- 54. Tudor R, Zalewski PD, Ratnaike RN. Zinc in health and chronic disease. J Nutr Health Aging. 2005;9(1):45-51.
- 55. Andreini C, Banci L, Bertini I, Rosato A. Counting the zinc-proteins encoded in the human genome. J Proteome Res. 2006;5(1): 196-201.
- 56. Ward RJ, Dexter DT, Crichton RR. Chelating agents for neurodegenera-tive diseases. Curr Med Chem. 2012;19(17):2760-2772.
- 57. Finefrock AE, Bush AI, Doraiswamy PM. Current status of metals as therapeutic targets in Alzheimer's disease. J Am Geriatr Soc. 2003;51(8):1143-1148.
- 58. Bonda DJ, Lee HG, Blair JA, Zhu X, Perry G, Smith MA. Role of metal dyshomeostasis in Alzheimer disease. Metallomics. 2011;3(3): 267-270.
- 59. Frederickson CJ, Koh JY, Bush AI. The neurobiology of zinc in health and disease. Nat Rev Neurosci. 2005;6(6):449-452.
- 60. Borchardt T, Camakaris J, Cappai R, Masters CL, Beyreuther K, Multhaup G. Copper inhibits beta-amyloid production and stimulates the non-amyloidogenic pathway of amyloid-precursor-protein secretion. Biochem. J. 1999;344 Pt 2:461-467.
- 61. Bolognin S, Messori L, Drago D, Gabbiani C, Cendron L, Zatta P. Aluminum, copper, iron and zinc differentially alter amyloid-AP(1-42) aggregation and toxicity. Int J Biochem Cell Biol. 2011;43(6): 877-885.
- 62. Squitti R, Barbati G, Rossi L, et al. Excess of nonceruloplasmin serum copper in AD correlates with MMSE, CSF beta-amyloid, and h-tau. Neurology. 2006;67(1):76-82.
- 63. Squitti R, Bressi F, Pasqualetti P, et al. Longitudinal prognostic value of serum "free" copper in patients with Alzheimer disease. Neurology. 2009;72(1):50-55.
- 64. Brewer GJ, Kanzer SH, Zimmerman EA, Celmins DF, Heckman SM, Dick R. Copper and ceruloplasmin abnormalities in Alzheimer's disease. Am J Alzheimer's Dis OtherDemen. 2010;25(6):490-t97.
- 65. Brewer GJ. Copper toxicity in Alzheimer's disease: cognitive loss from ingestion of inorganic copper. J Trace Elem Med Biol. 2012; 26(2-3):89-92.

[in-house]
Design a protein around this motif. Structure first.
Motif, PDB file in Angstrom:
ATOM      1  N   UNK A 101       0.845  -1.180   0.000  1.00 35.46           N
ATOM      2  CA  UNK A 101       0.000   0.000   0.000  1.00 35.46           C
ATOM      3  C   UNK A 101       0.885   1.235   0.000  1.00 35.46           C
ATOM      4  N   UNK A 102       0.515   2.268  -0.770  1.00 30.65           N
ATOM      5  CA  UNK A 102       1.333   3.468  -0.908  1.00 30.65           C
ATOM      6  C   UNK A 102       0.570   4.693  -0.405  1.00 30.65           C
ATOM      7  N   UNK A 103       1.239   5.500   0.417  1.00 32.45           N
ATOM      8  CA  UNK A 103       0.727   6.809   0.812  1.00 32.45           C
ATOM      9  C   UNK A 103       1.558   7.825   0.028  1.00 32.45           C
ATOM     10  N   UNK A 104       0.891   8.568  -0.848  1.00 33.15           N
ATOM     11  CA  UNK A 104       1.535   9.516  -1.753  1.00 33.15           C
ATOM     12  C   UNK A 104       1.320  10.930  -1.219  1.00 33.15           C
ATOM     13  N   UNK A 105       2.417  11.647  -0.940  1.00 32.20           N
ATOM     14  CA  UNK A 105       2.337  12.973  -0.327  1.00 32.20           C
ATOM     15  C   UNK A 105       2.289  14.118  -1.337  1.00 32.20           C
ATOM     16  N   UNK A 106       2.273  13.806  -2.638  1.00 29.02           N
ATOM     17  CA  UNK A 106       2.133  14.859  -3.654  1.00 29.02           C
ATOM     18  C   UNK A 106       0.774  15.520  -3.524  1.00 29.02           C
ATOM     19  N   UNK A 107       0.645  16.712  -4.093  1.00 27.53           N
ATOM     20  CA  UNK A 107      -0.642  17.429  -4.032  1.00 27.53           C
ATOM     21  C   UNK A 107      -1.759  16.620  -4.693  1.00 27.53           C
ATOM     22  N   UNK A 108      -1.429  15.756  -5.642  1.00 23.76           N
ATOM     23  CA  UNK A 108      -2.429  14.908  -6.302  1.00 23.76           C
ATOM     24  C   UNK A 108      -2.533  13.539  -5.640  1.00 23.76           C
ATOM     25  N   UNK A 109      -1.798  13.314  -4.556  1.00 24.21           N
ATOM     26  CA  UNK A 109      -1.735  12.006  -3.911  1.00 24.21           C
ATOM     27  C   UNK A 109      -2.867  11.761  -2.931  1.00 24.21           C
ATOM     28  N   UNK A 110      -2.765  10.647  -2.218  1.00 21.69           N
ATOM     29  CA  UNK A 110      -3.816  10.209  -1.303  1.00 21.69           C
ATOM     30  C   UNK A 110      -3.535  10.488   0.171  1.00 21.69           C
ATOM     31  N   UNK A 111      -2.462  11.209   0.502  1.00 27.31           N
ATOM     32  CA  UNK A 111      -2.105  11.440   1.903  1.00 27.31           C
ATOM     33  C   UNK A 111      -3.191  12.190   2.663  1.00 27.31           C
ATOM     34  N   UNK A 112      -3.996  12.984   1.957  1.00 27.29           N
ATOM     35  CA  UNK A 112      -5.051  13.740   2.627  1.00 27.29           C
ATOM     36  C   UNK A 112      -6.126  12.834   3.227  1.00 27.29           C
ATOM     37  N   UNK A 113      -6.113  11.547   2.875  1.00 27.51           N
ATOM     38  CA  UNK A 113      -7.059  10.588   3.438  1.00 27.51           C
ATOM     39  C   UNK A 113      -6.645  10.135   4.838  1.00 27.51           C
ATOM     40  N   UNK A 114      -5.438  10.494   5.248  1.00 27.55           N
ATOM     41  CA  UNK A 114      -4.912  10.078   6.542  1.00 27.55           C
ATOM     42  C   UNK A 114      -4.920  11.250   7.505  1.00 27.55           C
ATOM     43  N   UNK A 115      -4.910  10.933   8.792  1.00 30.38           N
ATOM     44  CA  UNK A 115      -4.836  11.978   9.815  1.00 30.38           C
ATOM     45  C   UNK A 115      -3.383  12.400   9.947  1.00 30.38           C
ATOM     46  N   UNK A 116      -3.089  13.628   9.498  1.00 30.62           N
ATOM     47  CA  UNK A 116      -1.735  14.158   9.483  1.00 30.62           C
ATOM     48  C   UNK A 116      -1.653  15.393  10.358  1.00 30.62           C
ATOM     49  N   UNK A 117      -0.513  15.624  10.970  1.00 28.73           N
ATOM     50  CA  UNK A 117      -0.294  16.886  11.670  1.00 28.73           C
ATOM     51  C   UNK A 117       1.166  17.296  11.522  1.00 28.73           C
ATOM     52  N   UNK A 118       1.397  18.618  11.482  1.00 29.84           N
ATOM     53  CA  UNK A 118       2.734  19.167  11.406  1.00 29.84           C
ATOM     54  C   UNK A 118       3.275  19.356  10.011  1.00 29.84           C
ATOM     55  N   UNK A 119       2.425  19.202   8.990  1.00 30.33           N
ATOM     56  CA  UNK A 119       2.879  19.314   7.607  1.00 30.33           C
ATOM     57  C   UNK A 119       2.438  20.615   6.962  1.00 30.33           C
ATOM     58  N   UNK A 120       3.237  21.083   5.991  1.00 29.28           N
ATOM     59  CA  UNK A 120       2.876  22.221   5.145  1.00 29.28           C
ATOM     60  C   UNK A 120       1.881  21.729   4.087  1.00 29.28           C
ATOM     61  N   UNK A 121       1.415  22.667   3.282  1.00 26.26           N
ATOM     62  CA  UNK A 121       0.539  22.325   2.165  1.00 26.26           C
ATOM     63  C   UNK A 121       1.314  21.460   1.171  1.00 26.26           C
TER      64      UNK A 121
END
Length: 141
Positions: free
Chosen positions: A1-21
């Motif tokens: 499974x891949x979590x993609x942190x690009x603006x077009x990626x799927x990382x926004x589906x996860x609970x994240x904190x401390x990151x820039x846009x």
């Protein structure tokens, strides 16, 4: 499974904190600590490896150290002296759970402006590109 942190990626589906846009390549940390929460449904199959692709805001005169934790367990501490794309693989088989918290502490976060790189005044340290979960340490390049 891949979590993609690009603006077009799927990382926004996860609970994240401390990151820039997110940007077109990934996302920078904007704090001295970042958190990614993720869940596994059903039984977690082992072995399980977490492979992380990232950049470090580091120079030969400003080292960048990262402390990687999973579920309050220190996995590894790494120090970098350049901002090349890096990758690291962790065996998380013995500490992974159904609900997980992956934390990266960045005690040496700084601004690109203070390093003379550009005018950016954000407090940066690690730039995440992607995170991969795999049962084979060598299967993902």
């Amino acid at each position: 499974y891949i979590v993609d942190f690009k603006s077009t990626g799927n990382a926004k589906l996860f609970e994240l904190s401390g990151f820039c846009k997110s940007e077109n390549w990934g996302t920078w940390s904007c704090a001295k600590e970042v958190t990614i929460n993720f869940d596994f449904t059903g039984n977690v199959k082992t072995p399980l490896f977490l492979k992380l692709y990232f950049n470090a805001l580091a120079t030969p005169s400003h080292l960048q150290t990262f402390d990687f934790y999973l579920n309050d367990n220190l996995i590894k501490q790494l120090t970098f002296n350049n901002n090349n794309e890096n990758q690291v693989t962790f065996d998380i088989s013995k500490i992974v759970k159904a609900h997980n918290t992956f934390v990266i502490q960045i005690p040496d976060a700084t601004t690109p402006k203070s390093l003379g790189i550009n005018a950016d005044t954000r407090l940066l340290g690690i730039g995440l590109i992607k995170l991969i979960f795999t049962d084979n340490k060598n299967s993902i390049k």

- 66. Bush AI, Multhaup G, Moir RD, et al. A novel zinc(II) binding site modulates the function of the beta A4 amyloid protein precursor of Alzheimer's disease. J Biol Chem. 1993;268(22):16109-16112.
- 67. Bush AI, Pettingell WH Jr, Paradis MD, Tanzi RE. Modulation of A beta adhesiveness and secretase site cleavage by zinc. J Biol Chem. 1994;269(16):12152-12158.
- 68. Bush AI, Pettingell WH, Multhaup G, et al. Rapid induction of Alzheimer A beta amyloid formation by zinc. Science. 1994;265(5177): 1464-1467.
- 69. Talmard C, Leuma Yona R, Faller P. Mechanism of zinc(II)-promoted amyloid formation: zinc(II) binding facilitates the transition from the partially alpha-helical conformer to aggregates of amyloid beta protein (1-28). J Biol Inorg Chem. 2009;14(3):449-455.
- 70. Lovell MA. A potential role for alterations of zinc and zinc transport proteins in the progression of Alzheimer's disease. J Alzheimers Dis. 2009;16(3):471-483.
- 71. Wilquet V, De Strooper B. Amyloid-beta precursor protein processing in neurodegeneration. Curr Opin Neurobiol. 2004;14(5):582-588.
- 72. Craddock TJ, Tuszynski JA, Chopra D, et al. The zinc dyshomeostasis hypothesis of Alzheimer's disease. PLoS One. 2012;7(3):e33552.
- 73. Loef M, Stillfried NV, Walach H. Zinc diet and Alzheimer's disease: a systematic review. Nutr Neurosci. 2012;15(5):2-12.
- 74. Institute of Medicine. Dietary Reference Intakes for Vitamin A, Vitamin K, Arsenic, Boron, Chromium, Copper, Iodine, Iron, Manganese, Molybdenum, Nickel, Silicon, Vanadium, and Zinc. Washington, DC; 2001.
- 75. Lowe NM, Medina MW, Stammers AL, et al. The relationship between zinc intake and serum/plasma zinc concentration in adults: a systematic review and dose-response meta-analysis by the EURRECA Network. Br J Nutr. 2012;108(11):1962-1971.
- 76. Holick MF. Vitamin D deficiency. N Engl J Med. 2007;357(3): 266-281.
- 77. Holick MF, Binkley NC, Bischoff-Ferrari HA, et al. Guidelines for preventing and treating vitamin D deficiency and insufficiency revisited. J Clin Endocrinol Metab. 2012;97(4):1153-1158.
- 78. Mechica JB. Raquitismo e osteomalacia [Rickets and osteomalacia]. Arq Bras Endocrinal Metab. 1999;43(6):457-466. Portuguese.
- 79. Peters BS, Martini LA. Nutritional aspects of the prevention and treatment of osteoporosis. Arq Bras Endocrinol Metab. 2010;54(2):179-185.
- 80. Annweiler C, Beauchet O. Vitamin D-mentia: randomized clinical trials should be the next step. Neuroepidemiology. 2011;37(3-4):249-258.